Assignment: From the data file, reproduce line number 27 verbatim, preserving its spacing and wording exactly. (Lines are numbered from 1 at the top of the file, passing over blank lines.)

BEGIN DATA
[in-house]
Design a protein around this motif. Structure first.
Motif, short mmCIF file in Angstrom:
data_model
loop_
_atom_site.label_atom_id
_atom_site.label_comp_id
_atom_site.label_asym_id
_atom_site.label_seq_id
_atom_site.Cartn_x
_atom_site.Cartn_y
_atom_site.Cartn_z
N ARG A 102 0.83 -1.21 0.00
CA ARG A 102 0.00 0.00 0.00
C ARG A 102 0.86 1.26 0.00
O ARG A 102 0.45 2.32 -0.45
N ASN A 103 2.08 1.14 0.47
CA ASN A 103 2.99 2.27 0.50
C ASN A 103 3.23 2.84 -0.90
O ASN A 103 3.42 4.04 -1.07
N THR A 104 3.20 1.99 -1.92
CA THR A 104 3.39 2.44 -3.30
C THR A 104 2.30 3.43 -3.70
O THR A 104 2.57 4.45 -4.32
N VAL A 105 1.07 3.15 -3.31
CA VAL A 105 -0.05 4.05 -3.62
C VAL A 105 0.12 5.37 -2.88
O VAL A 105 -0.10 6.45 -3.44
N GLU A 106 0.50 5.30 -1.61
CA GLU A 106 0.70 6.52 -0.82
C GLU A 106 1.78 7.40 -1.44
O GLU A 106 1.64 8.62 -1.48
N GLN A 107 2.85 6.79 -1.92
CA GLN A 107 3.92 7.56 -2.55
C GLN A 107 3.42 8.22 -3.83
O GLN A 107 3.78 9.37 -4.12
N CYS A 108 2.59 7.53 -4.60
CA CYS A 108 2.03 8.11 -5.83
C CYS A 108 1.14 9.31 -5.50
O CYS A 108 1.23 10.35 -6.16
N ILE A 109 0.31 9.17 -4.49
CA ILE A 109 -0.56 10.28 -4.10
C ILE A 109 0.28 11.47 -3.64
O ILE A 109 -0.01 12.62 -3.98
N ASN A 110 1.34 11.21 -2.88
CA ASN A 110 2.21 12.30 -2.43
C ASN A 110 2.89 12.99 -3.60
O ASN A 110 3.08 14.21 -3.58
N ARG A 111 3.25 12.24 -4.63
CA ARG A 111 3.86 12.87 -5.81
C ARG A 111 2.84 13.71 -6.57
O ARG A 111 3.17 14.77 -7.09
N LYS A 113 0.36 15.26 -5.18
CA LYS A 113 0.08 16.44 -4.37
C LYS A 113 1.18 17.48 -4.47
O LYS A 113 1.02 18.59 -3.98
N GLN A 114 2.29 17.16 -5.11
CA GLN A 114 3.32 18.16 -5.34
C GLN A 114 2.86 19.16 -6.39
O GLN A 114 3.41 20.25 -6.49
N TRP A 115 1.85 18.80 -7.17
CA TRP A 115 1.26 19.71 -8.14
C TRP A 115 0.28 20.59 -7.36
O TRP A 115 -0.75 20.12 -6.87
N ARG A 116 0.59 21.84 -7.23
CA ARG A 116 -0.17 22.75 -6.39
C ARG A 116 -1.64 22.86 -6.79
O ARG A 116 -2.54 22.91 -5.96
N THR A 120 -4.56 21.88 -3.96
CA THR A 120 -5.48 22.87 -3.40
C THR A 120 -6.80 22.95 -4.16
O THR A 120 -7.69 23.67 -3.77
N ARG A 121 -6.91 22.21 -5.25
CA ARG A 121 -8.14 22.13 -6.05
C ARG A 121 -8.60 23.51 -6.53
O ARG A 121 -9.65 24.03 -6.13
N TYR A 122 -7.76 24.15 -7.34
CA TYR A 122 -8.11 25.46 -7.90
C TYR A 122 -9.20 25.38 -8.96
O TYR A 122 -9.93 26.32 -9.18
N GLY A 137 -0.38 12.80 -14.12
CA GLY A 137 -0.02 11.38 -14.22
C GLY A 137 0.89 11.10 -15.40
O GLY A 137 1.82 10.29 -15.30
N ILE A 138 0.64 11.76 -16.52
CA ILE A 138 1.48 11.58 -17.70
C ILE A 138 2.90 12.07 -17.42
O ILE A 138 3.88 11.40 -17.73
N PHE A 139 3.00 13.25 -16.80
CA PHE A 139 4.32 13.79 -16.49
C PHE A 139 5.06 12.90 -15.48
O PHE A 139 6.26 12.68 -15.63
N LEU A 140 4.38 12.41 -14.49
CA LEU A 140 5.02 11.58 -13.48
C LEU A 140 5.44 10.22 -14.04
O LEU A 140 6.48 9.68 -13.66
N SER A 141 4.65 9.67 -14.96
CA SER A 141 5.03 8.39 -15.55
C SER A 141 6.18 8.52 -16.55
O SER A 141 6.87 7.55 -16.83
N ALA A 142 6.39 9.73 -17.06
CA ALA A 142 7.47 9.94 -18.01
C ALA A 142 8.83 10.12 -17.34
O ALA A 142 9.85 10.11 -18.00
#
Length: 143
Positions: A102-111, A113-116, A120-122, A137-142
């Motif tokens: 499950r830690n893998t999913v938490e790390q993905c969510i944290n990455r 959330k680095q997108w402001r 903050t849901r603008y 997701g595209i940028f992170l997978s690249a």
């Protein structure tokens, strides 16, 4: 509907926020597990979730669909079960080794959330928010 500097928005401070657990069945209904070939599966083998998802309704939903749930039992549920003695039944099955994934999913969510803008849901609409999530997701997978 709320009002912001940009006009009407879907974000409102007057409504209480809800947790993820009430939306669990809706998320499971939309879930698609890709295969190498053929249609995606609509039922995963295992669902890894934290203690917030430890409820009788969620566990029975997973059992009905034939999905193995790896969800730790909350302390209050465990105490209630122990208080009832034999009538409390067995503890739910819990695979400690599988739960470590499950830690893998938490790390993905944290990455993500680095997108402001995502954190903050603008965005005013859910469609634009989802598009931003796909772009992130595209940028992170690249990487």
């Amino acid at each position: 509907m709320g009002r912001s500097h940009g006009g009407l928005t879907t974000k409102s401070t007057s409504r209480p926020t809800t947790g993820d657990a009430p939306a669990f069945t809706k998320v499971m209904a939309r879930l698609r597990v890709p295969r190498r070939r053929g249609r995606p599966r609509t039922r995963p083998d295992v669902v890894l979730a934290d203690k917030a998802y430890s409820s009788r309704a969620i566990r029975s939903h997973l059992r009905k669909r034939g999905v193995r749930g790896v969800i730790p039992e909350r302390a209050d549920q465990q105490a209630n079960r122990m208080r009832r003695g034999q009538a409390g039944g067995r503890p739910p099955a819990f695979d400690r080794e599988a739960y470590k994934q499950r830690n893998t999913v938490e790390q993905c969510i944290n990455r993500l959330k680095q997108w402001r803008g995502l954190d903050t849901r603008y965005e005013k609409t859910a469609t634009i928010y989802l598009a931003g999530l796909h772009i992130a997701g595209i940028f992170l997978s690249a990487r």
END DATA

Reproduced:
C VAL A 105 0.12 5.37 -2.88